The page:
Improving air quality has really become that difficult to attain?
We all know how transport is one of the many contributing sources of air pollution. Motor vehicle air pollution is responsible for approximately half of the NOX emission in the country. According to the recent reports by the pollution research sources, transport is the single largest sources of Nitrogen Dioxide. The toxic gas, in combination with other dangerous air pollutants, makes the air polluted, can even kill a person if exposed for too long.
Did you know road transport produces particle matter pollution which is produced from vehicle emission, especially during traffic signal or rash driving? Breathing air induced with particle matter can cause a person has breathing difficulties, irritation in the eyes, nose, throat or skin even. Road transport pollution makes up 12 percent of PM 2.5 which is toxic air particle less than 2.5 microns in diameter which can enter your bloodstream via the lungs.
Why Transport Planning Is Vital to Improving Air Quality?
Given the grave situation of the countries’ pollution level, improving air quality has become an essential priority for the national government. Following the stats in regards to India’s vehicle emission and air pollution level, the government has no option left but to intervene with local authorities to reduce urban air pollution.
Currently, the government has been working on a plan that could help solve the air quality issues in the country. Since transport pollution is the contributing factor to the pollution level, a series of questions have been prepared to chart a proper transport planning.
Here are some potential questions:
- What is the turning point in cost to encourage drivers to replace their pollution vehicles with the greener one?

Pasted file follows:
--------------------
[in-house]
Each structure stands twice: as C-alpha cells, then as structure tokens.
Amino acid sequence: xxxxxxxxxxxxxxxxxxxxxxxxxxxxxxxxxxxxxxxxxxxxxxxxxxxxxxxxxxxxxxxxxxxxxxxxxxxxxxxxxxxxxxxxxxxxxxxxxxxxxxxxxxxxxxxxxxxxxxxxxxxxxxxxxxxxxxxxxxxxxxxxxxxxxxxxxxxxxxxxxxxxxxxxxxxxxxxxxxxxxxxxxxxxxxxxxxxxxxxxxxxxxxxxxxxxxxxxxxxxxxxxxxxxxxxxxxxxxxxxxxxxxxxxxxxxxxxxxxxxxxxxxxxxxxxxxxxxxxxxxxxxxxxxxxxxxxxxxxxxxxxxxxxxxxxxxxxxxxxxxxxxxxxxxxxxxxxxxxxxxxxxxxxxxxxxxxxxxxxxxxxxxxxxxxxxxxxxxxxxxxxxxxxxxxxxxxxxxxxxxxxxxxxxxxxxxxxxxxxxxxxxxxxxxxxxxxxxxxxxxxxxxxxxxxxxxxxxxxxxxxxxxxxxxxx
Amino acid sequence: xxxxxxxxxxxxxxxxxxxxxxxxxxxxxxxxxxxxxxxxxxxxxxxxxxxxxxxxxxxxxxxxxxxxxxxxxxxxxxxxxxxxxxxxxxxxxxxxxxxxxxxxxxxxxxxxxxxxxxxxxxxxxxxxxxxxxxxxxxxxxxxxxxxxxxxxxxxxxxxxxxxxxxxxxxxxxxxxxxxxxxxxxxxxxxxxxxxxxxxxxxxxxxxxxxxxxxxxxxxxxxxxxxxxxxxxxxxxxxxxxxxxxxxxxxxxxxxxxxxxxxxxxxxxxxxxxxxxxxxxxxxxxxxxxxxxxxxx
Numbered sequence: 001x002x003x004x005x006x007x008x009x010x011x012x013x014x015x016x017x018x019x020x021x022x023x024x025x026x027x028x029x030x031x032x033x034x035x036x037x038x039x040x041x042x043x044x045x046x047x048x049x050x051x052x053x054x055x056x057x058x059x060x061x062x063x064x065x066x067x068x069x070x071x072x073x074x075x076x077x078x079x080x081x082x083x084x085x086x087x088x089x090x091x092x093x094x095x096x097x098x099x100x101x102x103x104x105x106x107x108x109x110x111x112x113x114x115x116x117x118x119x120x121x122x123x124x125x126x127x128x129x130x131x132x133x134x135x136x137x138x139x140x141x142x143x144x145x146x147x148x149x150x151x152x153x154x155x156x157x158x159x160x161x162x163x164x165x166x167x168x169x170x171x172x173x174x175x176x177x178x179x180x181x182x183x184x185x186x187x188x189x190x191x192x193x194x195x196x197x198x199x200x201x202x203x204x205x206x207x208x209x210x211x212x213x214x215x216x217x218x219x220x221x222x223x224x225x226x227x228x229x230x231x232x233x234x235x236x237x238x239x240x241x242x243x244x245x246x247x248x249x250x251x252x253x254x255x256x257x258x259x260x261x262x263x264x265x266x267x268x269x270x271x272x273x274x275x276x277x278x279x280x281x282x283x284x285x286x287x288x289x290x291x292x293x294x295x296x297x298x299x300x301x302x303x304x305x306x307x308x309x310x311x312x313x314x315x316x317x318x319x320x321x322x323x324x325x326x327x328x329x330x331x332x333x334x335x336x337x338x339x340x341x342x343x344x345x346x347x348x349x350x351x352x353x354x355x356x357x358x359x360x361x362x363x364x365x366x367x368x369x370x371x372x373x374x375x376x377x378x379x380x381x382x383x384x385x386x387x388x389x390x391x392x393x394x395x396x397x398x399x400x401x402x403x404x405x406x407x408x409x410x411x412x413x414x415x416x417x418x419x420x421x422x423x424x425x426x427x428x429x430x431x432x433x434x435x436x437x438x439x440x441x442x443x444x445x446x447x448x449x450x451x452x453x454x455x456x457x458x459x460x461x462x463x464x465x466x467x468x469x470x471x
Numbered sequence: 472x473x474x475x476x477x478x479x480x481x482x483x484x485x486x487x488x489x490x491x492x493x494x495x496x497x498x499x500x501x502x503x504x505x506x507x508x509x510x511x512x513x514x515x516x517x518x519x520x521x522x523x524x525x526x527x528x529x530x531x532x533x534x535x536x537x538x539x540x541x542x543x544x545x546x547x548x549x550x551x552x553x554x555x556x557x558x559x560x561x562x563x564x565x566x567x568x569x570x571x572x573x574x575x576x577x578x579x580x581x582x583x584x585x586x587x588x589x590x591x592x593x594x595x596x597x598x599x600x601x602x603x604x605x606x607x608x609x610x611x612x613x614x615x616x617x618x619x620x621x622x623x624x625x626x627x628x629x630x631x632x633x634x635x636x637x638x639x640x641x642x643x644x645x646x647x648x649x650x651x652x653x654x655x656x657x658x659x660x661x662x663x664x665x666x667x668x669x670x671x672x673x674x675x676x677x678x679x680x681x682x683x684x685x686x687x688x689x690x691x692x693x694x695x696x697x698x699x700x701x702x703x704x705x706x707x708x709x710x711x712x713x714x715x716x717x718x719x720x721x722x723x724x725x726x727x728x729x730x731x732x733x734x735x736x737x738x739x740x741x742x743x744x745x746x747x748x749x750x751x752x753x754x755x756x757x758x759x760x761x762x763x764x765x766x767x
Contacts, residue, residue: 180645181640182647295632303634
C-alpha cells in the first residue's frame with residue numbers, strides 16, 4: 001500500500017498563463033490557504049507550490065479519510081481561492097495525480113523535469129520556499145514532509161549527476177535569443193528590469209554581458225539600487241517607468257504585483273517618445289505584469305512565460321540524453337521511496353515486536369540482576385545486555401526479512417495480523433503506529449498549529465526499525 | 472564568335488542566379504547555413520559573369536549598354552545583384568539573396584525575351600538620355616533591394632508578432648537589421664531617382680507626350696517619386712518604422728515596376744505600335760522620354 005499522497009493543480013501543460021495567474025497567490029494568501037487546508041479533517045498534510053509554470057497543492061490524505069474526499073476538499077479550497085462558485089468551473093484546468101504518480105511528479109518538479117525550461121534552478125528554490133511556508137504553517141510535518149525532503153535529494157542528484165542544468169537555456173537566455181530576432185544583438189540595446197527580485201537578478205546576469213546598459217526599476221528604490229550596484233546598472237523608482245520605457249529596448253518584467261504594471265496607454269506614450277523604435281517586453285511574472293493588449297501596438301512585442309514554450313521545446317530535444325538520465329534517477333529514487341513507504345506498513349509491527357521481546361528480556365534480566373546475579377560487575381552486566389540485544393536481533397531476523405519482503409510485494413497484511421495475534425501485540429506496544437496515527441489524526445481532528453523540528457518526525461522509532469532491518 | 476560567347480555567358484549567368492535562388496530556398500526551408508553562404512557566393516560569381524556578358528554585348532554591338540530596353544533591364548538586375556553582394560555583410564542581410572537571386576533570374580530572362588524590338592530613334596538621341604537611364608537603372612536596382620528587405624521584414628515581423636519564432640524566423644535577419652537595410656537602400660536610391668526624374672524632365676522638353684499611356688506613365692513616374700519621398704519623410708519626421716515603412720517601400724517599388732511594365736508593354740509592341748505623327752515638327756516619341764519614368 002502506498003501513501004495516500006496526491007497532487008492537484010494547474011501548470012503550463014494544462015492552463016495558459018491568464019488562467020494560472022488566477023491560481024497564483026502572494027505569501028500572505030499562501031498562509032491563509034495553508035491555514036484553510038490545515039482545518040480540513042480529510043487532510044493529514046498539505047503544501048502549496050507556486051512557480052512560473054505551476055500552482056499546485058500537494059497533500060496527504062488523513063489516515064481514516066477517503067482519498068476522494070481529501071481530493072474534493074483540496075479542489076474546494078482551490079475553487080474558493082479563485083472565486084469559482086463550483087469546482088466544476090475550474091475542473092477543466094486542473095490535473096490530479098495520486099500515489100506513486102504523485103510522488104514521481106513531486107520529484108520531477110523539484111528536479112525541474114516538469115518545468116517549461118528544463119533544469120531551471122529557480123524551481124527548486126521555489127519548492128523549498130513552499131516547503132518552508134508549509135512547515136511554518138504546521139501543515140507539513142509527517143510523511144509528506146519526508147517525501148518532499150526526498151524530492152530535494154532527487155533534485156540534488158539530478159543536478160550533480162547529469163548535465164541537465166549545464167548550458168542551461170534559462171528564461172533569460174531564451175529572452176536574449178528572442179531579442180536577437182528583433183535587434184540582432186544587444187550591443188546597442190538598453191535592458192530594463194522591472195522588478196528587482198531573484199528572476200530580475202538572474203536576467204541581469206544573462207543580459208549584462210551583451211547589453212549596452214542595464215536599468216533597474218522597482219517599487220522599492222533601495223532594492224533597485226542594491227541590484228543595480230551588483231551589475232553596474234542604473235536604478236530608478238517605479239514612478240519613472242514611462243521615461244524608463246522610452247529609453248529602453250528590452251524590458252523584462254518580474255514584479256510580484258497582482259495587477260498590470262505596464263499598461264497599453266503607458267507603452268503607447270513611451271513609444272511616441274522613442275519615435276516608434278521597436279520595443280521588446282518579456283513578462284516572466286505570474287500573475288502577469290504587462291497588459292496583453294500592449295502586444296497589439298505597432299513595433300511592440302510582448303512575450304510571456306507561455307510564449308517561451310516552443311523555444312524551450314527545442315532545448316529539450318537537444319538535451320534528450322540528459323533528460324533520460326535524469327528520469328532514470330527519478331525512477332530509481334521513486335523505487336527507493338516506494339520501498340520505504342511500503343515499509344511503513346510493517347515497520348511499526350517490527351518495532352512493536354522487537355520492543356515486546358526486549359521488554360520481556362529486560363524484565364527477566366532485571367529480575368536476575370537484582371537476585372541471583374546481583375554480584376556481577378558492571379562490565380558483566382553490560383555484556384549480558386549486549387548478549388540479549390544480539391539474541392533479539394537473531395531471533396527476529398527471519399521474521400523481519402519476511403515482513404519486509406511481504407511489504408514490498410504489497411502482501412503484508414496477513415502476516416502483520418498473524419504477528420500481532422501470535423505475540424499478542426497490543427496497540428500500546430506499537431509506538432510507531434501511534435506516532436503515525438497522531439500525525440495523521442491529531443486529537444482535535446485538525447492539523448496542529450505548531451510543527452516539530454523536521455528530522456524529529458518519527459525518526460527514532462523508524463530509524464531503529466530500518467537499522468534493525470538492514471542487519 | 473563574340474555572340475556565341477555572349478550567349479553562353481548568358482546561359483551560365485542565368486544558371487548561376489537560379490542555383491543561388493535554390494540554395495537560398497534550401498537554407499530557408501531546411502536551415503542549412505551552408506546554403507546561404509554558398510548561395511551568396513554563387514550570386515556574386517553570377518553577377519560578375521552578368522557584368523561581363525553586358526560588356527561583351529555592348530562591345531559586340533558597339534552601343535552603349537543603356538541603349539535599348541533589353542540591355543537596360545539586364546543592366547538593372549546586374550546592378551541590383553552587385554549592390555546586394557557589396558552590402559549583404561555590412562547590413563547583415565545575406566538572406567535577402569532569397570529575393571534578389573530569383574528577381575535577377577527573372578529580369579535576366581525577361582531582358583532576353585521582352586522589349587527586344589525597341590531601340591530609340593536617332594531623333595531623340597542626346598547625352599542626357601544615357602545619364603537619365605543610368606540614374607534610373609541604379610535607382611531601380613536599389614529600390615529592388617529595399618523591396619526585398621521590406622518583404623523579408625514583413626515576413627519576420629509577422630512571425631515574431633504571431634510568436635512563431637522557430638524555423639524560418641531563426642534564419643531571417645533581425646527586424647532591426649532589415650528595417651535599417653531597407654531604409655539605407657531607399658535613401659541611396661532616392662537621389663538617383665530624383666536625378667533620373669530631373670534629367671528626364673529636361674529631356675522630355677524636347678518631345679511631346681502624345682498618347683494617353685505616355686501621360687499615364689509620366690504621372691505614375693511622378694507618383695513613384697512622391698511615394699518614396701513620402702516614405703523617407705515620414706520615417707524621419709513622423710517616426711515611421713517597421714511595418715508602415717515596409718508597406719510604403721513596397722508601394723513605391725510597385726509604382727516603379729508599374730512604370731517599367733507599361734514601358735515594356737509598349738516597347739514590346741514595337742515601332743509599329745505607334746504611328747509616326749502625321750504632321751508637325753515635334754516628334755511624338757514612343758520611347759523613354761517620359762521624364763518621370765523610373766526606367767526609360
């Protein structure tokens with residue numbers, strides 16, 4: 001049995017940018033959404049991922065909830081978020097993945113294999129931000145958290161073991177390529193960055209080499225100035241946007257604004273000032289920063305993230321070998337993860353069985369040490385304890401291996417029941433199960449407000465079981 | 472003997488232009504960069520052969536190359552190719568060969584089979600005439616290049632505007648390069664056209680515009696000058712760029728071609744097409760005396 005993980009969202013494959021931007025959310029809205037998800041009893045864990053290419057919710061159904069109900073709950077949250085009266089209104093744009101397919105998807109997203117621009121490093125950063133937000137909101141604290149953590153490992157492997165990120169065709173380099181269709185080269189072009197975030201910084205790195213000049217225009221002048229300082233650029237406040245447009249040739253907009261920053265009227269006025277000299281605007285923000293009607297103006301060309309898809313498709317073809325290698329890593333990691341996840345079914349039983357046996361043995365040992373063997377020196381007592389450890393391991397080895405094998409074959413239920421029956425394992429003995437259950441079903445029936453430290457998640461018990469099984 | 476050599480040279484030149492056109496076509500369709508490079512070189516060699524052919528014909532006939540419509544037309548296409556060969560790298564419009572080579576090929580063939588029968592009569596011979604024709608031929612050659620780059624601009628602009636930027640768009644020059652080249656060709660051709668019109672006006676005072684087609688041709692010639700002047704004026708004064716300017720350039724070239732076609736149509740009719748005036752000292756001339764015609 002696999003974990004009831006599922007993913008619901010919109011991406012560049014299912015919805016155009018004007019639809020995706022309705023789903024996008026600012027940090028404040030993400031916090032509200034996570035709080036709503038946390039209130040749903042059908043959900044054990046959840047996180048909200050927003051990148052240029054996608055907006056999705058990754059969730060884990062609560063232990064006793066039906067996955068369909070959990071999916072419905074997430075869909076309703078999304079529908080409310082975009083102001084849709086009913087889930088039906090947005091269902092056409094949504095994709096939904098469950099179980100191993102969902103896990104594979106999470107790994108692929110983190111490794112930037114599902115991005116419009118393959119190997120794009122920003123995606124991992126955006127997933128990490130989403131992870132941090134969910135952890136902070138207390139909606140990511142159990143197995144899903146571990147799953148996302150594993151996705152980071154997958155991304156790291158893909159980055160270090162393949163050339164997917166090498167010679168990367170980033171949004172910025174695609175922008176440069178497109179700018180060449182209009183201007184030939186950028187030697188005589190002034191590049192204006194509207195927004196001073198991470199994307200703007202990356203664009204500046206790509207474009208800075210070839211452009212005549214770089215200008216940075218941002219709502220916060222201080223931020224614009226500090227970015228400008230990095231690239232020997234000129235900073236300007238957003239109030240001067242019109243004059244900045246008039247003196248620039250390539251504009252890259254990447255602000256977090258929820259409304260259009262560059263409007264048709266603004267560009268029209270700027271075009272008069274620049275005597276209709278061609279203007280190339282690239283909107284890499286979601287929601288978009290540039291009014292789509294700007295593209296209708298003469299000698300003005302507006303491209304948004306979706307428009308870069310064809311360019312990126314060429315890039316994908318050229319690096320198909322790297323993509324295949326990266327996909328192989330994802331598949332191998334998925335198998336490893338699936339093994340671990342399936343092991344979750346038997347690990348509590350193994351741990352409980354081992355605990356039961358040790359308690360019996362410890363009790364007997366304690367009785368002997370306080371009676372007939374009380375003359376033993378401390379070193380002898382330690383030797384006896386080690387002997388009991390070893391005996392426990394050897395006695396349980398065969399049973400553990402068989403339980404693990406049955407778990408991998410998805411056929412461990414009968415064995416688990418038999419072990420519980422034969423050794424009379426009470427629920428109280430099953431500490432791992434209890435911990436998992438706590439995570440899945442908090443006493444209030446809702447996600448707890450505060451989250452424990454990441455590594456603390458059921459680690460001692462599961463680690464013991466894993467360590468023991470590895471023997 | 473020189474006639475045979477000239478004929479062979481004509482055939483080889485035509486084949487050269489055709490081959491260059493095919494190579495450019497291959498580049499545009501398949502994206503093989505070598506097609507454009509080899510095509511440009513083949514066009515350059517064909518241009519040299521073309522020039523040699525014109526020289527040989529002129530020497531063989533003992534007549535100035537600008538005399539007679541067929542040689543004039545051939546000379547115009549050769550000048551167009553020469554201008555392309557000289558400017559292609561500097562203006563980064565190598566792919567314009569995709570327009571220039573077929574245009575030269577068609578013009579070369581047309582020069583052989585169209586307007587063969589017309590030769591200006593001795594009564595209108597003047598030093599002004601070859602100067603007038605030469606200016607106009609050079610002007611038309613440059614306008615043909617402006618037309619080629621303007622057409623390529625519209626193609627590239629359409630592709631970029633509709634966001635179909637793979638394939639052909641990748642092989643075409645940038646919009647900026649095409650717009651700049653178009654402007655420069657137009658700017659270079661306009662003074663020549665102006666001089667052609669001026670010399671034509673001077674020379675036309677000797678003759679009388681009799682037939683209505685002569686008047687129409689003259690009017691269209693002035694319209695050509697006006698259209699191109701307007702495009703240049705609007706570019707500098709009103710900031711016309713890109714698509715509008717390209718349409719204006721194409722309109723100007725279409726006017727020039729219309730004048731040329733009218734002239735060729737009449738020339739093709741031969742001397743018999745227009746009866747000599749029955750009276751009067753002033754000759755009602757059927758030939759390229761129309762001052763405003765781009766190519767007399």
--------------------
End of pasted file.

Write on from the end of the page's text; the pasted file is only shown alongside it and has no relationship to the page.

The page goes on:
- How many people (businesses and the general public) will suffer if greener vehicles are introduced?
- How many journeys might instead be made by public transport? Can the public transport network handle them?
‘Environmental managers only identify and monitor problems. Insufficient relevant priority has been given within the sector responsible for most relevant emissions – transport policy and planning – which has instead prioritized safety and economic growth.’ – University Professor commenting on poor air pollution management.
As per the WHO study, at least 40,000 and more premature deaths a year in India are attributed to air pollution, mainly due to road transport. Air pollution-related morbidity and mortality are at epidemic levels and, although less obvious, are more significant than road transport collisions as a cause of death and injury. Politicians at local and national levels must treat poor air quality as a public health priority, placing a clear emphasis on the severity of the problem and the limitations of technological fixes. Existing approaches that focus on individual, voluntary, behavior change and technological innovations are not sufficient to tackle poor air quality,’ says Doctor Cherian, WHO.
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